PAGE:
Best known for the role of Captain Benjamin “Hawkeye” Pierce in the war comedy-drama television series M*A*S*H, actor Alan Alda, 86, is a six-time Emmy award winner whose career as an actor, screenwriter, and director spans almost seven decades.
Back in 2018, Alda opened up about his health and revealed that he had been diagnosed with Parkinson’s disease. This news was devastating to say the least, but Alda never let the diagnosis affect the person he has always been.
According to Alda, in order to keep the symptoms at bay, he relies on exercises and a lot of movement.
Among the rest, he revealed he’s been taking boxing lessons three times a day.
In an 2020 interview with Good Morning America, Alda spoke of the symptoms he had experienced before he urged himself to visit a doctor.
“In 2015, I read an article in the New York Times by Jane Brody, in which a couple of doctors said some of their Parkinson’s patients had one particular early symptom, and it’s an unusual one: People act out their dreams while they’re asleep. I realised I had done just that,” he said.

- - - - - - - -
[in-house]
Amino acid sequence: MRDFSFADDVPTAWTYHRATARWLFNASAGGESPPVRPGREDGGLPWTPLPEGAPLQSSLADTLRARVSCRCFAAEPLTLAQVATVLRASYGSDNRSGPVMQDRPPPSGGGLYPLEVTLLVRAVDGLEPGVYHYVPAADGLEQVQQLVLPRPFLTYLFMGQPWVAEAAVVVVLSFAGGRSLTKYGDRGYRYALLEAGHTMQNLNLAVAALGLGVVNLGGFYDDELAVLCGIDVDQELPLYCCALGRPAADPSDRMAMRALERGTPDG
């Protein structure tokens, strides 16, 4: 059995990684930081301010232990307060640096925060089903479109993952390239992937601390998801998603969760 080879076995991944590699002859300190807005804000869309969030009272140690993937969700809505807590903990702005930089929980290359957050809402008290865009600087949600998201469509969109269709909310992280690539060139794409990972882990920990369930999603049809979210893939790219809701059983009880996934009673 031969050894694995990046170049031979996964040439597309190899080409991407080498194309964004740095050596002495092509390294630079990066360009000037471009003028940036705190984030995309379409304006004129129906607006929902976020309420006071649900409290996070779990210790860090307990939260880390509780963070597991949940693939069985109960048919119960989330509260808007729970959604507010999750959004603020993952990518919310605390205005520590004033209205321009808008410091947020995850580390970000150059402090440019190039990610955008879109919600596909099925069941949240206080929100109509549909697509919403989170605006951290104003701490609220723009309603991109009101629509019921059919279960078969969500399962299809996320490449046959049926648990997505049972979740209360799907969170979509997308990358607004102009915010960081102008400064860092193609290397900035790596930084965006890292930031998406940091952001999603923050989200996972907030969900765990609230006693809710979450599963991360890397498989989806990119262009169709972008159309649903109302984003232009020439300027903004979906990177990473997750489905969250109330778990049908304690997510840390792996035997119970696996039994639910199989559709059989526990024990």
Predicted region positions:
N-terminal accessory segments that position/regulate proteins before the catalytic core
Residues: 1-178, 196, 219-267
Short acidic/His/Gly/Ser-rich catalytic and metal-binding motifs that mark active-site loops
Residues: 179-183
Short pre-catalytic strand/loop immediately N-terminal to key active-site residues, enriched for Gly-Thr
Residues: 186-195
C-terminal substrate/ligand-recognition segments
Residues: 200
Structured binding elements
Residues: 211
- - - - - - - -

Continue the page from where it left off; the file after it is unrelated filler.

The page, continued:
“I had dreamed somebody was attacking me, and in the dream I threw a sack of potatoes at him. In reality, I threw a pillow at my wife.“
So, believing there was a good chance I had Parkinson’s, I went to a neurologist and asked for a brain scan.
“He examined me and said, ‘I don’t think you need a scan. You don’t have any symptoms.’ I said, ‘Well, I’d really like the scan anyway.’ And he called me back and said, ‘Boy, you really got it.’”
Alda believes it is very important for people not to get depressed upon hearing the diagnosis. Although they don’t know what the future holds and how fast the disease would progress, they need to find a motivation to keep strong.
“To live a normal life, you must adapt. It has to be solved like a puzzle. I like to solve problems,” this proclaimed actor says.
He always chooses to stay optimistic and does all in his power to raise awareness about Parkinson’s and teach the wide public how much has been done in the fight against this disease throughout the years.